Typically, I don’t plan much of my trip in advance when traveling solo, but when I began researching a trip to Croatia, Lokrum Island made my list of things I just had to do. Read on to learn about my experience navigating the island and if I consider it worth adding to your Croatia travel.
Located just a few minutes from the ancient Port of Dubrovnik, Lokrum Island is a nature preserve visited by tourist and locals both. Boats ferry visitors between the island and the port of Dubrovnik every half hour daily. (Do note, however, that very affordable private charters run between Lokrum and other small ports up and down the coast as well, so if you’re a fan of lower hotel rates, as I am, booking lodging outside of Dubrovnik in the hidden gem of Cavtat, Croatia may pay off).
What kind of travelers enjoy Lokrum Island?
Lokrum Island is a fun destination for travelers and Croatia of all ages. Many families with young children enjoy swimming in the calm waters of the inland “dead sea,” while solo travelers and couples can enjoy laying out in the sun on a craggy rock or pay for use of a comfortable lounger with a waterfront view.
Wide walking paths and developed restaurants on the island make this destination suitable for travelers with limited mobility. A nude beach accessible one end of the island may be a draw for some travelers (but don’t worry, the approach is well marked and you won’t stumble upon it by accident as you hike around the island!)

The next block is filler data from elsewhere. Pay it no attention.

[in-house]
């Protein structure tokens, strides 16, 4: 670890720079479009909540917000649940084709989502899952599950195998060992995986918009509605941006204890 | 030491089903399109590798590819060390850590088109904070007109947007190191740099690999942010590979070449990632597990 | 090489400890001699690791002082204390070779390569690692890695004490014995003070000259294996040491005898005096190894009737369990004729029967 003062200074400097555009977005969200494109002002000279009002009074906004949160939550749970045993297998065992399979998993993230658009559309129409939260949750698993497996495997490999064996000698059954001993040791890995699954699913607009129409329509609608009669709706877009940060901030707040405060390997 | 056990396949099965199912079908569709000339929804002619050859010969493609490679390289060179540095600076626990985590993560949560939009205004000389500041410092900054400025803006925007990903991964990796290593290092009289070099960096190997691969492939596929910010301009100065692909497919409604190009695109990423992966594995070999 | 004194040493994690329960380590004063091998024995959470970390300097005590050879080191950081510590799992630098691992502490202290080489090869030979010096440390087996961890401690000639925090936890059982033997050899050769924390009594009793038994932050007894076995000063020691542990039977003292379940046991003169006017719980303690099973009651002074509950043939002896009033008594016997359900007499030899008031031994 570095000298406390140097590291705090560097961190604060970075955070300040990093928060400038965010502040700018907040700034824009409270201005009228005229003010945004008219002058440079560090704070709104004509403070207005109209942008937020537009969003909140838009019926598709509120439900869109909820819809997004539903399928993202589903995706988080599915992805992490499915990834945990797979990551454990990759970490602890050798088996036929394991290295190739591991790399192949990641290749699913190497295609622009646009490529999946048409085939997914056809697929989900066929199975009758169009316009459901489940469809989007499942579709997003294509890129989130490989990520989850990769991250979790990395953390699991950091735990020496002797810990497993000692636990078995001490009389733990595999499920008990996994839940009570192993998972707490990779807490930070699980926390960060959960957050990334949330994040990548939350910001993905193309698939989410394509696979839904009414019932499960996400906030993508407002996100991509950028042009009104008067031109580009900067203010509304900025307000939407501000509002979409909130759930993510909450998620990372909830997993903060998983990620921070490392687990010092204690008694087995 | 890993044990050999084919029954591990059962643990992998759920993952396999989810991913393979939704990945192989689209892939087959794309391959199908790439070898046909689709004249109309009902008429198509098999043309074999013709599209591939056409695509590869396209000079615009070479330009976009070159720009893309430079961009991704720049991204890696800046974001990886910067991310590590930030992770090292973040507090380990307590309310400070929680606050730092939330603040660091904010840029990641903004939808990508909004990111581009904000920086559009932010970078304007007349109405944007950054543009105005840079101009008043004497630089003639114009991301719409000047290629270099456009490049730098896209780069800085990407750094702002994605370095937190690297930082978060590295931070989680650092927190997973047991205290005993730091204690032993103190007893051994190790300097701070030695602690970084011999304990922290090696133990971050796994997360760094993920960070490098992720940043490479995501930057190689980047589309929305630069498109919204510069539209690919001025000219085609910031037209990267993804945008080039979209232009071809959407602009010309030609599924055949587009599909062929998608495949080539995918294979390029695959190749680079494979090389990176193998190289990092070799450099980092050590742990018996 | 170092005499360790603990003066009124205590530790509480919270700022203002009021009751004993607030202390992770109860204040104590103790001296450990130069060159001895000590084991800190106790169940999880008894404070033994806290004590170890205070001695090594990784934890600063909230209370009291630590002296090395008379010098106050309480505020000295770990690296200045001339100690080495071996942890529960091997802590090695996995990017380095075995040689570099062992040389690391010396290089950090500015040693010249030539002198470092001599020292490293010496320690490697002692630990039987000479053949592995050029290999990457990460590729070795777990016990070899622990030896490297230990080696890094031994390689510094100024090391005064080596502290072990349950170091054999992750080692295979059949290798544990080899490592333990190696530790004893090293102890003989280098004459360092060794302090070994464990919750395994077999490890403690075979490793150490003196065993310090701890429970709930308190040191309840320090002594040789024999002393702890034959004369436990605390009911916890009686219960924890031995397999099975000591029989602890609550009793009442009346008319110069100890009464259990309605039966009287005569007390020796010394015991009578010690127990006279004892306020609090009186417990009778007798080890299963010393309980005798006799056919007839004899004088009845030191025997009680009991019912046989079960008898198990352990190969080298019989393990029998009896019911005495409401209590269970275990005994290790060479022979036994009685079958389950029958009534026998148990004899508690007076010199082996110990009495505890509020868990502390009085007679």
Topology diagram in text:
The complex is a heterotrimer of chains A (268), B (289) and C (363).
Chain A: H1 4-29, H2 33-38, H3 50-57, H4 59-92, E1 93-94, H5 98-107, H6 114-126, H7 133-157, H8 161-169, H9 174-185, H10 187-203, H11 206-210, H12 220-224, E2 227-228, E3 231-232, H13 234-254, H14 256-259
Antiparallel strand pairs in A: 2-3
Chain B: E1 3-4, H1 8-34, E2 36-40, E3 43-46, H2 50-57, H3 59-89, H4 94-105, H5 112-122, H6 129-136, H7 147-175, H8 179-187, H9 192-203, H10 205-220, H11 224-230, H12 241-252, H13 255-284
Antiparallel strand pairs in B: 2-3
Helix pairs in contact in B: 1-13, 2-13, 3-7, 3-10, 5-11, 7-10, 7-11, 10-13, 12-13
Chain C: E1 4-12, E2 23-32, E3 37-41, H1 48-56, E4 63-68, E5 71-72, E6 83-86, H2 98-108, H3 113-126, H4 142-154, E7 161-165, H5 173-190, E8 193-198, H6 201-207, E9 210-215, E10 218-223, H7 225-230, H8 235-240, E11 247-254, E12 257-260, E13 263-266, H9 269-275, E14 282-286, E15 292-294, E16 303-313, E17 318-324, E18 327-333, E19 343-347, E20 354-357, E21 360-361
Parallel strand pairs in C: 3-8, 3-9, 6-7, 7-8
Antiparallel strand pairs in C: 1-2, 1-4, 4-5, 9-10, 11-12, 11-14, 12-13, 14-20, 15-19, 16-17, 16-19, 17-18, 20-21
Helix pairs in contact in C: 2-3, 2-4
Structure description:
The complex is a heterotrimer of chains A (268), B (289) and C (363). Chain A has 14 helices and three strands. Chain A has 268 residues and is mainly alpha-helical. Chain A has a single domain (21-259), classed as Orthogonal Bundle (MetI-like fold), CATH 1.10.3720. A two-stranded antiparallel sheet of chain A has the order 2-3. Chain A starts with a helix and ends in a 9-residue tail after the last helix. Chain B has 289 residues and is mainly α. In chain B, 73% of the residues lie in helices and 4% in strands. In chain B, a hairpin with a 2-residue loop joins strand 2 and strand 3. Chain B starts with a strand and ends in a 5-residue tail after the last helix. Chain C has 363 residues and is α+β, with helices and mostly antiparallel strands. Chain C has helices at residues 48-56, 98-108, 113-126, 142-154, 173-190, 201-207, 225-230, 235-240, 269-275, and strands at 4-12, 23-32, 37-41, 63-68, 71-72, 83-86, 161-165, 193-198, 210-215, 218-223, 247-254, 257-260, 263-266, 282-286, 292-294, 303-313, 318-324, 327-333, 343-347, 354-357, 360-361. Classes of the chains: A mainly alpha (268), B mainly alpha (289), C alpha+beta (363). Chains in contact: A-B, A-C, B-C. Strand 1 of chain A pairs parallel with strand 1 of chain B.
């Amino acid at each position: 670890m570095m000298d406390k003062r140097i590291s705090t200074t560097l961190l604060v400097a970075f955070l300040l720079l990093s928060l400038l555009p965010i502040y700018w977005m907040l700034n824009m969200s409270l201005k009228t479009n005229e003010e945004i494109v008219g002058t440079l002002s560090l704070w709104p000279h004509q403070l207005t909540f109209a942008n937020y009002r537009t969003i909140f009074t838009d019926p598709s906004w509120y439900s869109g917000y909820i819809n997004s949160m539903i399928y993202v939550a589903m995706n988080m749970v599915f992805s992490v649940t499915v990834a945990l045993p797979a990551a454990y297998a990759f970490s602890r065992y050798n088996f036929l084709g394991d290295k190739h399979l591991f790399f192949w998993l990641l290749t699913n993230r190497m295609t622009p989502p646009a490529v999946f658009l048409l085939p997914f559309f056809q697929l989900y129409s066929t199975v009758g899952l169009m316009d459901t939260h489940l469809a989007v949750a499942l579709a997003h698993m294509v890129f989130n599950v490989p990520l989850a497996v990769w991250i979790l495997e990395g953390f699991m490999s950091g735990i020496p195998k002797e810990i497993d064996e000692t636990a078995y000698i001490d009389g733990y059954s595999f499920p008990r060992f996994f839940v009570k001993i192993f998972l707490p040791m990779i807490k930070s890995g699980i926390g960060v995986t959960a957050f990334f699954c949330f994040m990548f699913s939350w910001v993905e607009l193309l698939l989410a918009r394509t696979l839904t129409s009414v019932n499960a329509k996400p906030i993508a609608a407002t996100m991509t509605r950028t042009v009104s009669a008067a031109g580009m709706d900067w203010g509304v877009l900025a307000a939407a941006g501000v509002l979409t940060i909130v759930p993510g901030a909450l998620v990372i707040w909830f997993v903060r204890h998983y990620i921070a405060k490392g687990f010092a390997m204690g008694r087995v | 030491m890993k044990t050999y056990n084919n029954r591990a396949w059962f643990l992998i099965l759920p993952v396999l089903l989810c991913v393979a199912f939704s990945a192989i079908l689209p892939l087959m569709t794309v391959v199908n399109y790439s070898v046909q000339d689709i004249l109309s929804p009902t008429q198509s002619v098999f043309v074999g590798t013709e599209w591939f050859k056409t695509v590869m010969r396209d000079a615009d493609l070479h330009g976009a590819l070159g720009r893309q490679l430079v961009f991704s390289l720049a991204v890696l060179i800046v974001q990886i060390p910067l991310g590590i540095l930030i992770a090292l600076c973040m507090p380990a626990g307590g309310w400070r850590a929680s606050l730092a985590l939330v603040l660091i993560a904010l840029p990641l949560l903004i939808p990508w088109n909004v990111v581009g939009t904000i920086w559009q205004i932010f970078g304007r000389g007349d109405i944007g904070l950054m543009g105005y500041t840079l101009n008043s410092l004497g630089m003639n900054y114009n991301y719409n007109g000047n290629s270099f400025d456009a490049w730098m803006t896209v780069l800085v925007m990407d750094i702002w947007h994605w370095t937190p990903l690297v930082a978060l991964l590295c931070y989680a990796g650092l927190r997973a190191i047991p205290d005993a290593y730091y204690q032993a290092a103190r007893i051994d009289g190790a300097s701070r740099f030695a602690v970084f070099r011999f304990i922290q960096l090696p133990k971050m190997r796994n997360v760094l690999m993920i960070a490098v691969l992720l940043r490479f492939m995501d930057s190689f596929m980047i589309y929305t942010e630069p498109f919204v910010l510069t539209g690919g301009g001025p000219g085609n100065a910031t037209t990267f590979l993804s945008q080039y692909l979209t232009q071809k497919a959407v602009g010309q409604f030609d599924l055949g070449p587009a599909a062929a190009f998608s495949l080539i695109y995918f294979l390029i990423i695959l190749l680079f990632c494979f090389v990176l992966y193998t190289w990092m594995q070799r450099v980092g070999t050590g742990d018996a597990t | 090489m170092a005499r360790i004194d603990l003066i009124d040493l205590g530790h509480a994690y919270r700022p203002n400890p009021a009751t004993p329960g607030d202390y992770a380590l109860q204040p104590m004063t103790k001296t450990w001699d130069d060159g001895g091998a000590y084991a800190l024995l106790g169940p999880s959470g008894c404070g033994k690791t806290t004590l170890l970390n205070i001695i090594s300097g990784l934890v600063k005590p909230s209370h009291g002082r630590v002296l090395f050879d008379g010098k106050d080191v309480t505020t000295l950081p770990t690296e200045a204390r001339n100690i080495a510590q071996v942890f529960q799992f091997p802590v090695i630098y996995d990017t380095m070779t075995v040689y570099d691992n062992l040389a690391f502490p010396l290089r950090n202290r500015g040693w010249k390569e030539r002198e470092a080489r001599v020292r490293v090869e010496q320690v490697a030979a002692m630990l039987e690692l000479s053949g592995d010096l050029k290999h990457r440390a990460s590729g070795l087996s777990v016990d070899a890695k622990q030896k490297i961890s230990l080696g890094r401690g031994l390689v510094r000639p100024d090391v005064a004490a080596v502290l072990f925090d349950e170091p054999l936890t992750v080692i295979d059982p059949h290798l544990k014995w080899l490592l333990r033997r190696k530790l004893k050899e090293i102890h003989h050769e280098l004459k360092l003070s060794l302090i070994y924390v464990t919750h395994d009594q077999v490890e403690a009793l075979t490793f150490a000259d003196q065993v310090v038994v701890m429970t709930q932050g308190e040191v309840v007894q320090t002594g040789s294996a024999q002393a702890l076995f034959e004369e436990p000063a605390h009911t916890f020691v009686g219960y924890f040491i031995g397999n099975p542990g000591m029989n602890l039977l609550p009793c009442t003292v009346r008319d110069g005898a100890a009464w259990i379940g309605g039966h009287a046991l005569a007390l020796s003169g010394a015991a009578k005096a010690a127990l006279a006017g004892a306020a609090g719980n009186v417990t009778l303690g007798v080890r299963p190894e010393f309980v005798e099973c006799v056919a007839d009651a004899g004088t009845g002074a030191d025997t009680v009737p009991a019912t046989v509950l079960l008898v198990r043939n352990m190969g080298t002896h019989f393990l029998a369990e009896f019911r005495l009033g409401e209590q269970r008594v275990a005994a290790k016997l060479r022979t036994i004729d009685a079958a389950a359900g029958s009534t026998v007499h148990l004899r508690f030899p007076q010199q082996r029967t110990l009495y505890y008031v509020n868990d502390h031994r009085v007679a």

What is there to do on Lokrum Island?
Lokrum Island is a small island (unlike my playground back home: Seattle’s enormous Bainbridge Island), so while there aren’t a lot of things to do on Lokrum, there’s plenty t keep you busy.
Some of the things to do on Lokrum Island include:
- Hiking around the island,
- Swimming in the Adriatic Sea (where you’ll find easy to climb ladders making entry and exit from the craggy rocks of Lokrum Island easier),
- Swimming in the “Dead Sea” in the inland of the island,
- Exploring the sea cave in the “Dead Sea”
- Visit the museum,
- Dining in the restaurant,
- Walking around the old monastery grounds
- Checking out the snack bars,
- Sunbathing (there are natural sunbathing spaces near the dock and comfortable loungers available for rent a short walk away)